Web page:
Take the drug policy across most of the western world. Take David Nutt who researched the risk of drugs. Take the UK Blair government at the time who saw the report and then sacked David Nutt as chairman of the Advisory Council on the Misuse of Drugs because he published a scientific report that went against what they believed.

But it is all there, open to peer review and correction (which it has been where necessary). Alcohol is more harmful to society than Crack and Heroin. Horse-riding is more dangerous than taking ecstasy. With everything taken into account (frequency of use, reported injury and illness) current government policies do not meet the actual risk posed by drugs.

Most of the risks that exist are directly attributed to the current illegality of drugs rather than the drug itself. Does that change your views on drugs?

It has yet to change any politician’s views. Drugs have to be bad, because that’s what I believe. It’s incredulous that they could be anything but harmful, because that’s what I believe.

People will spend more time researching why David Nutt’s report is wrong than they will reading the actual report. More effort has been put into finding a way to find a tiny thread to confirm an existing belief than face an uncomfortable truth. When that fails, sack the messenger and just lie.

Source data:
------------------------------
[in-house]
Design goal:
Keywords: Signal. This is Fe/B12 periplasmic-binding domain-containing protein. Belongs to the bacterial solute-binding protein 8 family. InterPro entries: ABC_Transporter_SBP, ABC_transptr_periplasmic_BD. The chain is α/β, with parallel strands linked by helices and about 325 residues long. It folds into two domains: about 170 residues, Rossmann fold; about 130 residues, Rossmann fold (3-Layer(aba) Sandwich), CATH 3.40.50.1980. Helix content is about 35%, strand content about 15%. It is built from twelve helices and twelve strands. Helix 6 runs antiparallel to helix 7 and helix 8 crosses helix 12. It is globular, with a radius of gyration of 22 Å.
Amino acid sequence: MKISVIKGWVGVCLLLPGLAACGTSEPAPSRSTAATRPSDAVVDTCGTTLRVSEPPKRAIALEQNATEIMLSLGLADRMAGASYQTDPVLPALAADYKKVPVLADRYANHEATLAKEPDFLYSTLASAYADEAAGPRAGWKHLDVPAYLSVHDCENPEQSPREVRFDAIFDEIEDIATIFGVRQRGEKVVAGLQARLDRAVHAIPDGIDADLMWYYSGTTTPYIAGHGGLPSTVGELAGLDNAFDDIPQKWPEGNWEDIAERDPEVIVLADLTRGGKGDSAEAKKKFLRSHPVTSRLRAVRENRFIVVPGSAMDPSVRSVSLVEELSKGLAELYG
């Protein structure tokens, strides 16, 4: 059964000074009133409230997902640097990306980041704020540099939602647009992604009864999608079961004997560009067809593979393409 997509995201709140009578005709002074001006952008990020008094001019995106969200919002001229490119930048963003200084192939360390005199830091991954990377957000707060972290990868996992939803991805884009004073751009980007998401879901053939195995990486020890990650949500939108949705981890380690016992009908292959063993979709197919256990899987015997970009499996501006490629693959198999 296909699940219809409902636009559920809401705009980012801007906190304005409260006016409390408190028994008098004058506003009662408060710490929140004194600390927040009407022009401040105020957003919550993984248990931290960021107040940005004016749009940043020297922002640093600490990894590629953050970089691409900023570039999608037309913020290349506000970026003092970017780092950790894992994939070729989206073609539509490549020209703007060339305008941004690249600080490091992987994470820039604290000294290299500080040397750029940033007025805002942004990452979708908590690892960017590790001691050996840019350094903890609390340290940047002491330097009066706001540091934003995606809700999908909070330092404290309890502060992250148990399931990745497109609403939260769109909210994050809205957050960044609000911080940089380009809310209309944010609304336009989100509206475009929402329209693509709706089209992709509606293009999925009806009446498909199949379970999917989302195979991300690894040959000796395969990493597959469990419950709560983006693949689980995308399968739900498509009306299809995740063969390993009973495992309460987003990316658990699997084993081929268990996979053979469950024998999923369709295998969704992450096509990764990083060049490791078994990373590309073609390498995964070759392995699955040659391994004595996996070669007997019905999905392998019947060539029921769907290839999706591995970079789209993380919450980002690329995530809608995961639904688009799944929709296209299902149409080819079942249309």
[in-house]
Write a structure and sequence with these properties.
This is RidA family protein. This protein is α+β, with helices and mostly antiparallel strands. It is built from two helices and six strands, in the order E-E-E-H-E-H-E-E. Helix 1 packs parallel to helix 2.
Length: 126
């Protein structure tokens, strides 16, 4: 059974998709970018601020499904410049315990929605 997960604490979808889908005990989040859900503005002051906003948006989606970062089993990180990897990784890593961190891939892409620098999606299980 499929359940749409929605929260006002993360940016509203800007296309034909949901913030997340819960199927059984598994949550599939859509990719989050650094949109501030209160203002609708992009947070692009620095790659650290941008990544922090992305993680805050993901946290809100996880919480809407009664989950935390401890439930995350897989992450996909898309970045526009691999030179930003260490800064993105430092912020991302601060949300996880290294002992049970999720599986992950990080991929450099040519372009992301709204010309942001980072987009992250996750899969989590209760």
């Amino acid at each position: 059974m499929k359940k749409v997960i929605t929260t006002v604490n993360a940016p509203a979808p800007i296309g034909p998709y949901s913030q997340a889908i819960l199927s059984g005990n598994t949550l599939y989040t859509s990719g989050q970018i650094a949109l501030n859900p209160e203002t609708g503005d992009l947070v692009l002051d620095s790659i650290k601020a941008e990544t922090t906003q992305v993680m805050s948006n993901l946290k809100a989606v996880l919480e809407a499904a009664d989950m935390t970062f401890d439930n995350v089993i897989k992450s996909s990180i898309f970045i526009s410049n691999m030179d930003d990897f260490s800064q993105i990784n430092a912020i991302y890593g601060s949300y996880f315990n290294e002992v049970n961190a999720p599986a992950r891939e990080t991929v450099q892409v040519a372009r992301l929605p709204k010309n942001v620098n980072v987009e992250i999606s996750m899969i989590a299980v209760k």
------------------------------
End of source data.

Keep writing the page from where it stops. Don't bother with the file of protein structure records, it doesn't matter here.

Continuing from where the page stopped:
Take all other policies, how are approaches to welfare, to jobs, to homelessness, to health based on knowledge? We may all enjoy a good debate around what we believe is the cause and solution behind these, but do we actually know? Do the people we have elected know, or are they just basing more policy on belief?

Like the belief that the best way to run things like healthcare is to be more “business-like”. The fundamental reason for healthcare is an empathetic and humanitarian one, very few successful businesses exist based on empathy. It’s a service, but not a service like the “service industry”, it isn’t to fill a gap in needs or skills, it’s to keep people alive.

Businesses exist for profit (not that there’s anything wrong with that), can you run a humanitarian enterprise as a business? I don’t know, but then I doubt that those who advocate for that know either.

This is where any interest in politics and civil society can become depressing. We’re all great at spotting problems and mapping solutions to our existing beliefs. We all compromise on who we vote for and who we elect. One person or one party tends to tick more boxes in my beliefs than the other.

I’d be happier under a left government, but they’d still be crap and fail to identify the real problems in how we govern. They’d still ignore any evidence that went against their core values, no matter how true it is. They’d still vote to give themselves pay rises. They’d still fail to address obvious corruption. There’d be no change and people will still suffer.

Happy days.

Listrade can be found on Twitter: @listrade

Listrade